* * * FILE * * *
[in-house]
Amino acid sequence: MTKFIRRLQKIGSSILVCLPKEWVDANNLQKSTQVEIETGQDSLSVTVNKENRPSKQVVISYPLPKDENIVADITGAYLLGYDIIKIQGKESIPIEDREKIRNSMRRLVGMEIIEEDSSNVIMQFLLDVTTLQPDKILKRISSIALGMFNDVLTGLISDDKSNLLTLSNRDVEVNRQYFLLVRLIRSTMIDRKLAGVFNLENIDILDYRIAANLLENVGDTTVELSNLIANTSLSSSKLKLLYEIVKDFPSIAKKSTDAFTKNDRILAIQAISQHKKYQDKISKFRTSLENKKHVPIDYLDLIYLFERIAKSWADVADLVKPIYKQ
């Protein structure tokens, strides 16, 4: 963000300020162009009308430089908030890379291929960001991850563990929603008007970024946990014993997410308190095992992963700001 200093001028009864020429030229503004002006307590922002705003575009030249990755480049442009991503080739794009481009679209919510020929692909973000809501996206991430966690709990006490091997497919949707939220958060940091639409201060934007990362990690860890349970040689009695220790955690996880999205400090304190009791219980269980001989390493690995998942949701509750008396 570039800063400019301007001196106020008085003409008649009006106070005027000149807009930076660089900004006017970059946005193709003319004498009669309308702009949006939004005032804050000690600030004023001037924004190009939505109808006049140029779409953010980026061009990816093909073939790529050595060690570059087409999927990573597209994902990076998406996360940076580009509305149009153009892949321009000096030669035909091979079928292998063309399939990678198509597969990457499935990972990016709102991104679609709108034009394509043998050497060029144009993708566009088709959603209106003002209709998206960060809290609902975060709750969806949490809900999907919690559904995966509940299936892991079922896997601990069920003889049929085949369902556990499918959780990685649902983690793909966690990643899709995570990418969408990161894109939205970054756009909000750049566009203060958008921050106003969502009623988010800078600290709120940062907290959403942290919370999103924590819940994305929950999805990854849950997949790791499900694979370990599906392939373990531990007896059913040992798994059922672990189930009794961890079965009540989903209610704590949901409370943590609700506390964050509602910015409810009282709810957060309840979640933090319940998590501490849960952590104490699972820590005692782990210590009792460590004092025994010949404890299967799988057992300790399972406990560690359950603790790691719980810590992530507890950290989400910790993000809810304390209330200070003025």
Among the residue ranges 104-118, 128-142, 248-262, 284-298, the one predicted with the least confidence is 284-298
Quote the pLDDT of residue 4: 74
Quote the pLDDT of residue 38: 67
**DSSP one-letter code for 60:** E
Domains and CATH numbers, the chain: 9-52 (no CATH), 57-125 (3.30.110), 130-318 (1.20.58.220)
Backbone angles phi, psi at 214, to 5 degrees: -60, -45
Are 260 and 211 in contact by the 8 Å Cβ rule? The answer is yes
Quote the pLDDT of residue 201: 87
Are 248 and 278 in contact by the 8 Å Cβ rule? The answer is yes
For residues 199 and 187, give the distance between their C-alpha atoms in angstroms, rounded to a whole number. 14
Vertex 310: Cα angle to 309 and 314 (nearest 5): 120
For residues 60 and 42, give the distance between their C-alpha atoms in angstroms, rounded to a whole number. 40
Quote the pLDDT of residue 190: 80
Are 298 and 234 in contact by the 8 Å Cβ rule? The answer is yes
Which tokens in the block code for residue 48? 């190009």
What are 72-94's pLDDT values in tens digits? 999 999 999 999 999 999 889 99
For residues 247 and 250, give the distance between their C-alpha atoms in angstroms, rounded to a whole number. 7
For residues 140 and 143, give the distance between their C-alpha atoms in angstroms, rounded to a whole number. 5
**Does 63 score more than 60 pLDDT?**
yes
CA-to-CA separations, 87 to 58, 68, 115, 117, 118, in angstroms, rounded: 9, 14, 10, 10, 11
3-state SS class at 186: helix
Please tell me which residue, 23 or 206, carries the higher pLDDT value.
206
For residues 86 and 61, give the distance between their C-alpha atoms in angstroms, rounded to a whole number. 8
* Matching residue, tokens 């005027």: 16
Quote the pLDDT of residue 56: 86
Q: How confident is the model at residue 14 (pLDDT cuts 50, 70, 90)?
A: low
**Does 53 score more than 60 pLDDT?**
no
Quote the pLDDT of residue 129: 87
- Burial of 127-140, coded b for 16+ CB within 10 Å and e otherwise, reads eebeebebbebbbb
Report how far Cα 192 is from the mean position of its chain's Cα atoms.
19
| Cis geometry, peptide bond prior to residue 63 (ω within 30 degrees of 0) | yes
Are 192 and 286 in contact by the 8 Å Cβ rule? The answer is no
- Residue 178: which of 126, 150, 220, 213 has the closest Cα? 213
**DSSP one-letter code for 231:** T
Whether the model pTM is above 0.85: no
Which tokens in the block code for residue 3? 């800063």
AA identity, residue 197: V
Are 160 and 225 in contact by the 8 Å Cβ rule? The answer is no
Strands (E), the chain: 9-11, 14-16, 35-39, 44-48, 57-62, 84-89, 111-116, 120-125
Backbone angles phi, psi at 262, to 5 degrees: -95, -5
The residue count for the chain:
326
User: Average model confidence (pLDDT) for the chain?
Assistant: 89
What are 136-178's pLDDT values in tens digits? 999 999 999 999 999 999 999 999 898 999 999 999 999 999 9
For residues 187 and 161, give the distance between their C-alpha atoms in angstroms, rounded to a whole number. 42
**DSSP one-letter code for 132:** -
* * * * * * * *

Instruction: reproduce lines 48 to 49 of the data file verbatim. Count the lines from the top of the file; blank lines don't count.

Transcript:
Backbone angles phi, psi at 262, to 5 degrees: -95, -5
The residue count for the chain: